Here’s what happened: Recently I offered to bring supper to Older Daughter & my three grandsons. By “bring,” I mean “choose from various takeout options” because sadly I am not the sort of mom/grandma who has tasty dinner items in her kitchen unless you count half-empty -full bottles of wine. Older Daughter had a sinus headache and wasn’t hungry so no vegetarian option needed. This pointed to a run to Little Wal-Mart* for the rotisserie chicken that the 7-year-old & 3-year-old grandsons like and the 8-month-old grandson eyes with increasing optimism. Also a good choice because son-in-law was working late and he could eat when he got home. A vital detail here is that I was wearing my new long pendant necklace that has had several charms dangling from the bottom, such as an elephant & an old-fashioned long and skinny key**.

So I go to Little Wal-Mart, feeling cute & stylish in my elephant-and-key necklace PLUS feeling pat-myself-on-the-back good for helping Older Daughter. I grab the warm chicken, packaged in one of those two-part plastic containers, as well as King’s Hawaiian rolls, chocolate soy milk and Pepperidge Farm Goldfish. As I put the container of warm & juicy chicken in my cart, I notice the plastic lid seems precarious. This is when any normal non-cute-necklace-wearing person would Take Some Action. Not me. Instead, I was thinking about how much I liked my new necklace & maybe I should get the one with penguins, too. There wasn’t room for, you know, logical & productive thoughts.

And then next, like a blurry slow-motion explosion that cannot be stopped, comes my arrival at the self-checkout register, my one-handed removal of the chicken from my cart, the unwieldiness of the plastic container, my instinctive reaction to set it down quickly and the inevitable upside-down dropage of said container. Then chicken juice. Everywhere. The mist cleared and time returned to normal and I expected alarms & flashing red lights, but nothing happened. Nothing. Crickets chirping. Nobody was in line behind me and the employee at the self-checkout desk was staring intently at nothing or maybe at the produce section to her right. Difficult to tell. After a minute or so of considering options — Leave quietly? Pretend chicken juice was covering the register when I arrived? — I got her attention. “I dropped something,” I said as she walked over. “Hmm,” she said. “Yes. I see.” She brought paper towels & a spray bottle and began expertly dismantling the now-chickeny register. This was when my Southerness kicked in because of course you’re not going to stand there while somebody else is cleaning up a mess YOU made. That’s akin to putting grapes in your chicken salad — not going to happen. So I leaned over with a paper towel and started wiping my side of the register, stretching to reach the far corners, at the exact moment she dropped the scanner’s glass cover back into place and caught the long skinny key of my adorable new necklace underneath. Thoughts of Isadora Duncan‘s demise via a similar fashion mistake briefly put me in panic mode — although greasy chicken juice and a Wal-Mart register isn’t as glamorous as a long silk scarf and sports car — but she quickly raised the cover and freed me. The key charm was slightly mangled and the elephant slightly dented but the chicken miraculously was fine except for significantly less juice. Which probably was a good thing. You’re welcome.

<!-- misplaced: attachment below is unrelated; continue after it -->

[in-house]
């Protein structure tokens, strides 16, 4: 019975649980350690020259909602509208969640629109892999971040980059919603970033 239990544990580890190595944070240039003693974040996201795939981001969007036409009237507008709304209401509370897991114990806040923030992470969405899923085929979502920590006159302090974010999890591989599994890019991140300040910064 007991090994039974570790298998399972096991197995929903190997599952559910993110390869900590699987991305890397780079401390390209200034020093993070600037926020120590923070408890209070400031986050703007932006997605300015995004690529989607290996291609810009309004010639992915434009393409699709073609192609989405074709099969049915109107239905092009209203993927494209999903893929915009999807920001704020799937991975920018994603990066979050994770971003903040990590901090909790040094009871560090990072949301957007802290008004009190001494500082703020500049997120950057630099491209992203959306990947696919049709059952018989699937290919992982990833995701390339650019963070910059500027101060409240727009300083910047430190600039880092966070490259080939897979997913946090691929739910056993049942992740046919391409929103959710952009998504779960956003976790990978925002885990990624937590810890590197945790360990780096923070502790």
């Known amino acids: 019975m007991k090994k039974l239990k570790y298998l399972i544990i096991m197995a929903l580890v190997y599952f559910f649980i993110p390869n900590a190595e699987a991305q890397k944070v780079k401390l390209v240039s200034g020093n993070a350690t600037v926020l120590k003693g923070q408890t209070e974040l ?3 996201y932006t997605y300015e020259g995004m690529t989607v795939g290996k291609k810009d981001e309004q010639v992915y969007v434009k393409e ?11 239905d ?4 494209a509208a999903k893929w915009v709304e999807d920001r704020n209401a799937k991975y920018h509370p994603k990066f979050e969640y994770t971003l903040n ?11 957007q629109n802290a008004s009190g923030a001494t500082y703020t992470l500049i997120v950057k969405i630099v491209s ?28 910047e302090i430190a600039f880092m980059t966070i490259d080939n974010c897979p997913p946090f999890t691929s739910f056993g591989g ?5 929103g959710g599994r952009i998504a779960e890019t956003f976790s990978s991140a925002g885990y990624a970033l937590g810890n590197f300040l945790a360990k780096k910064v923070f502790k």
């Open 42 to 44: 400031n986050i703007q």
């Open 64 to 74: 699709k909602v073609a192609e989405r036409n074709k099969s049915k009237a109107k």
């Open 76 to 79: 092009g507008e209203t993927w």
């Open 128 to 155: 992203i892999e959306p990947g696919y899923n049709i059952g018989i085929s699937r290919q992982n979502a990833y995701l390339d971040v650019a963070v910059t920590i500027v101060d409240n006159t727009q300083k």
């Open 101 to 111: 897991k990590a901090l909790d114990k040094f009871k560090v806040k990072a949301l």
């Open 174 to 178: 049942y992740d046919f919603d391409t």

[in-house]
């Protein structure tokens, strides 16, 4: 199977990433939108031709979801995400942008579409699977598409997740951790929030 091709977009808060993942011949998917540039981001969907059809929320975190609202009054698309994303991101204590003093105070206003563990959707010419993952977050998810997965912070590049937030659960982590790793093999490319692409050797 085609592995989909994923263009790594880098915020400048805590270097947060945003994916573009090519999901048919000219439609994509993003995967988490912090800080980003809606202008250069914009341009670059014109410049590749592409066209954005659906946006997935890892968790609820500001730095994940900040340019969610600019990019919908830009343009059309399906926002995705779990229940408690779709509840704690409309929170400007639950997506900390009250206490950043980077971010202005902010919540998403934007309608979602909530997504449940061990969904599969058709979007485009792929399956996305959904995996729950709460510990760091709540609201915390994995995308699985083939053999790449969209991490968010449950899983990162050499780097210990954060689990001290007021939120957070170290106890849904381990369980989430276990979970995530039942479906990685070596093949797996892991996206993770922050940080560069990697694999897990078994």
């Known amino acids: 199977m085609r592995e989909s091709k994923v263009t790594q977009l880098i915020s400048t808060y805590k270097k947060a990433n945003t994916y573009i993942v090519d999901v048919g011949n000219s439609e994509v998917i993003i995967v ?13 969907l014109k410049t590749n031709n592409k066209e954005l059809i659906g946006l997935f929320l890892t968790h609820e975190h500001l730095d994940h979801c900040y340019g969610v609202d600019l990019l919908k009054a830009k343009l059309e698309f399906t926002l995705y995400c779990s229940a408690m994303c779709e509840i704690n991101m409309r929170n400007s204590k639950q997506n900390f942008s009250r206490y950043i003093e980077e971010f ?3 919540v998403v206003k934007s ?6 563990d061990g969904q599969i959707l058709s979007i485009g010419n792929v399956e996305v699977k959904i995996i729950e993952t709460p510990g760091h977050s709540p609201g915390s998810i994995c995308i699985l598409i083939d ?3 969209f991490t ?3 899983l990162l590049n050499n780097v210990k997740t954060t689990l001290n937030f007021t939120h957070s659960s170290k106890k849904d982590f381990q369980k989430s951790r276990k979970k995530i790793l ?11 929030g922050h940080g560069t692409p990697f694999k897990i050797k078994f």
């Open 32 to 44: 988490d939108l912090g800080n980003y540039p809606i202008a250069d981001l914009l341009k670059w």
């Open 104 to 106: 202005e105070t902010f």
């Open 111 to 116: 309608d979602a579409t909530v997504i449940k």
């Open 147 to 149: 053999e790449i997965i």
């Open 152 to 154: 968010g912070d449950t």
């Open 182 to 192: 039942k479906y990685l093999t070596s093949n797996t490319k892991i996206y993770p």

* Little Wal-Mart — This is what Middle Grandson calls Wal-Mart Neighborhood Markets.

** Elephant-and-key necklace — Why are elephant and key charms together on a necklace? All I can think of is “The Secret Garden,” one of my favorite childhood books because who among us doesn’t believe she has a rich & mysterious uncle on an English estate with a long-hidden secret? The fact that my only uncle was a high-school teacher in California did not dampen my dreams.